Desert Island Texts: Maimonides Eight Levels of Charitable Giving

Desert Island Texts: Maimonides Eight Levels of Charitable Giving

Desert Island Texts
Desert Island Texts

If you were cast away on an island with just one Jewish text for company, which would you choose? Desert Island Texts

This week, Sarita Roinson, Northern Communities Development Worker at MRJ, selects Maimonides’, eight levels of charitable giving. 

My favourite Jewish text is Maimonides’ Eight Levels of Charitable Giving.

It might seem like an odd choice to take with you to a desert island but, being cast away, I think it would be important to reflect upon – and remember – what binds us to other people.

We are all responsible for one another and every individual is part of a much greater whole.

Maimonides teaches us that tzedakah is not just an act of charitable giving.

At its greatest level, giving (and I would argue that this does not apply only to Jews but to all our fellow human beings) is an act that has the potential to empower, giving strength to the weak and independence to those in need.

It’s inspiring to think that we all have the potential to change someone’s life and perhaps the entire world.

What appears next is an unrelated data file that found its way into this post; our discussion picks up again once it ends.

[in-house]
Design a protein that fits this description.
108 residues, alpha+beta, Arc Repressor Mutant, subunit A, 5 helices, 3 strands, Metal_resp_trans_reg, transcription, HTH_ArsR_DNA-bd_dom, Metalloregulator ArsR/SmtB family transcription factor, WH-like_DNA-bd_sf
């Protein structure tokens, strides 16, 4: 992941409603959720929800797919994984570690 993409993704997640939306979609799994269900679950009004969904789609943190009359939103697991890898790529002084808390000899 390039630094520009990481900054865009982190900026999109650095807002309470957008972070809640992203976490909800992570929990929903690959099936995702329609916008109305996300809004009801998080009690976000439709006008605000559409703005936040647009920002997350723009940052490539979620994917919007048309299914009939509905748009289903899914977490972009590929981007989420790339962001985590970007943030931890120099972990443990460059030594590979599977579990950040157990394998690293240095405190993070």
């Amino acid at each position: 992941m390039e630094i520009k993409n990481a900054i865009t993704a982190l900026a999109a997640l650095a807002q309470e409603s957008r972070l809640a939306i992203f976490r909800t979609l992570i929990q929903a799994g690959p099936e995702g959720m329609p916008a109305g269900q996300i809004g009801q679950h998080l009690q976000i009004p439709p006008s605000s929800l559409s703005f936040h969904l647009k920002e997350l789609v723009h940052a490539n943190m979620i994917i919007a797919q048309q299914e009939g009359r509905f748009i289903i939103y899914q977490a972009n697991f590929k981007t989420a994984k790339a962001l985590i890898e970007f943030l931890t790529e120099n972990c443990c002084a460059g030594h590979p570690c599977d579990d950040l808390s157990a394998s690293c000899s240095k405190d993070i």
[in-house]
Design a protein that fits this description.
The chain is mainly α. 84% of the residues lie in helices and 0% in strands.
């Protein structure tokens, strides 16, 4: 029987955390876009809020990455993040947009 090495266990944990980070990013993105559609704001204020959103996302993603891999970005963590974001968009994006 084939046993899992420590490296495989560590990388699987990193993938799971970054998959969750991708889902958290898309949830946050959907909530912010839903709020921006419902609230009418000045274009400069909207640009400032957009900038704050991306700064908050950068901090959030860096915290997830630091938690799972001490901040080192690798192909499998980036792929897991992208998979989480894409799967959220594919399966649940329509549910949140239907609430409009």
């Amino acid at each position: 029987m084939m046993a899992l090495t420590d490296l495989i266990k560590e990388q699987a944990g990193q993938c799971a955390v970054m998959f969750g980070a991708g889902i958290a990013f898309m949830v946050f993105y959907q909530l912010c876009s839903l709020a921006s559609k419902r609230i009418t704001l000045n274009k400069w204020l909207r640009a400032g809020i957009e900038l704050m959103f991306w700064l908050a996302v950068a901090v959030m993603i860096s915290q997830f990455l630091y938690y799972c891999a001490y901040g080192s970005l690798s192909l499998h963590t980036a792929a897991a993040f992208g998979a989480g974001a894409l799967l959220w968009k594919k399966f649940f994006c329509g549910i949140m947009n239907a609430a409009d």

According to Maimonides, the second highest level of giving is when both the giver and the recipient are unknown to one another.

In recent weeks, it has been hard to avoid the ice bucket challenge.

In case you have missed the saturation (pardon the pun) coverage on social media, the challenge involves dumping a bucket of ice water on someone’s head to promote awareness of the disease amyotrophic lateral sclerosis and to encourage donations to research.

At first sight, it seems like a fantastic initiative to spread awareness and raise money. But how many people actually donated? And how many can even remember the charity behind it all? Is it more about celebrities raising their profiles and showing off?

I don’t wish to be grumpy – after all, every penny counts for charities large and small, but perhaps we should go back to the basics of Maimonides’ advice, switching the focus from ourselves to those who are truly in need.

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